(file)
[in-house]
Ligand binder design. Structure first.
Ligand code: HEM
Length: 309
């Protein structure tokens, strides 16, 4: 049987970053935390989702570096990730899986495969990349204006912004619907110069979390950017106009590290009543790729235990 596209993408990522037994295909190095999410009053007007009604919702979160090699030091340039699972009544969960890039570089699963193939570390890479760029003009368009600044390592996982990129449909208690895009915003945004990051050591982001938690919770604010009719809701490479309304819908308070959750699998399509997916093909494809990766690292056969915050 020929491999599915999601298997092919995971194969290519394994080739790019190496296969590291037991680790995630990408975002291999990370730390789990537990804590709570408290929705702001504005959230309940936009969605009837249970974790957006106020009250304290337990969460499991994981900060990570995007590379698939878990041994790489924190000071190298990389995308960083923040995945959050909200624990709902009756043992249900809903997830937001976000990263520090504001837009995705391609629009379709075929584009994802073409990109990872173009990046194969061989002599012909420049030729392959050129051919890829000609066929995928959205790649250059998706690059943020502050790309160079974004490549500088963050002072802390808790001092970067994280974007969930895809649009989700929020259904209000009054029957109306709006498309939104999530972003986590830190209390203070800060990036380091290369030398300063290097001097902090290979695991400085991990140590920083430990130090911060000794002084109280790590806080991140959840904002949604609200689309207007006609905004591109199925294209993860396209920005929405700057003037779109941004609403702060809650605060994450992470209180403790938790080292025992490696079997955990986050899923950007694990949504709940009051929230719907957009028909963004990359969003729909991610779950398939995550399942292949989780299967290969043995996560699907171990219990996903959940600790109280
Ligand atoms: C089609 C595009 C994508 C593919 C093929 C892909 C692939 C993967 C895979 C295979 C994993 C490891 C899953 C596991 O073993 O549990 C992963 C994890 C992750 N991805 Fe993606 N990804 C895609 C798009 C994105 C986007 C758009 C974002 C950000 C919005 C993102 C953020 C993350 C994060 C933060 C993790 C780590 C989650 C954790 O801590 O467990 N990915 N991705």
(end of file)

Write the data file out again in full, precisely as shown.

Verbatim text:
[in-house]
Ligand binder design. Structure first.
Ligand code: HEM
Length: 309
């Protein structure tokens, strides 16, 4: 049987970053935390989702570096990730899986495969990349204006912004619907110069979390950017106009590290009543790729235990 596209993408990522037994295909190095999410009053007007009604919702979160090699030091340039699972009544969960890039570089699963193939570390890479760029003009368009600044390592996982990129449909208690895009915003945004990051050591982001938690919770604010009719809701490479309304819908308070959750699998399509997916093909494809990766690292056969915050 020929491999599915999601298997092919995971194969290519394994080739790019190496296969590291037991680790995630990408975002291999990370730390789990537990804590709570408290929705702001504005959230309940936009969605009837249970974790957006106020009250304290337990969460499991994981900060990570995007590379698939878990041994790489924190000071190298990389995308960083923040995945959050909200624990709902009756043992249900809903997830937001976000990263520090504001837009995705391609629009379709075929584009994802073409990109990872173009990046194969061989002599012909420049030729392959050129051919890829000609066929995928959205790649250059998706690059943020502050790309160079974004490549500088963050002072802390808790001092970067994280974007969930895809649009989700929020259904209000009054029957109306709006498309939104999530972003986590830190209390203070800060990036380091290369030398300063290097001097902090290979695991400085991990140590920083430990130090911060000794002084109280790590806080991140959840904002949604609200689309207007006609905004591109199925294209993860396209920005929405700057003037779109941004609403702060809650605060994450992470209180403790938790080292025992490696079997955990986050899923950007694990949504709940009051929230719907957009028909963004990359969003729909991610779950398939995550399942292949989780299967290969043995996560699907171990219990996903959940600790109280
Ligand atoms: C089609 C595009 C994508 C593919 C093929 C892909 C692939 C993967 C895979 C295979 C994993 C490891 C899953 C596991 O073993 O549990 C992963 C994890 C992750 N991805 Fe993606 N990804 C895609 C798009 C994105 C986007 C758009 C974002 C950000 C919005 C993102 C953020 C993350 C994060 C933060 C993790 C780590 C989650 C954790 O801590 O467990 N990915 N991705």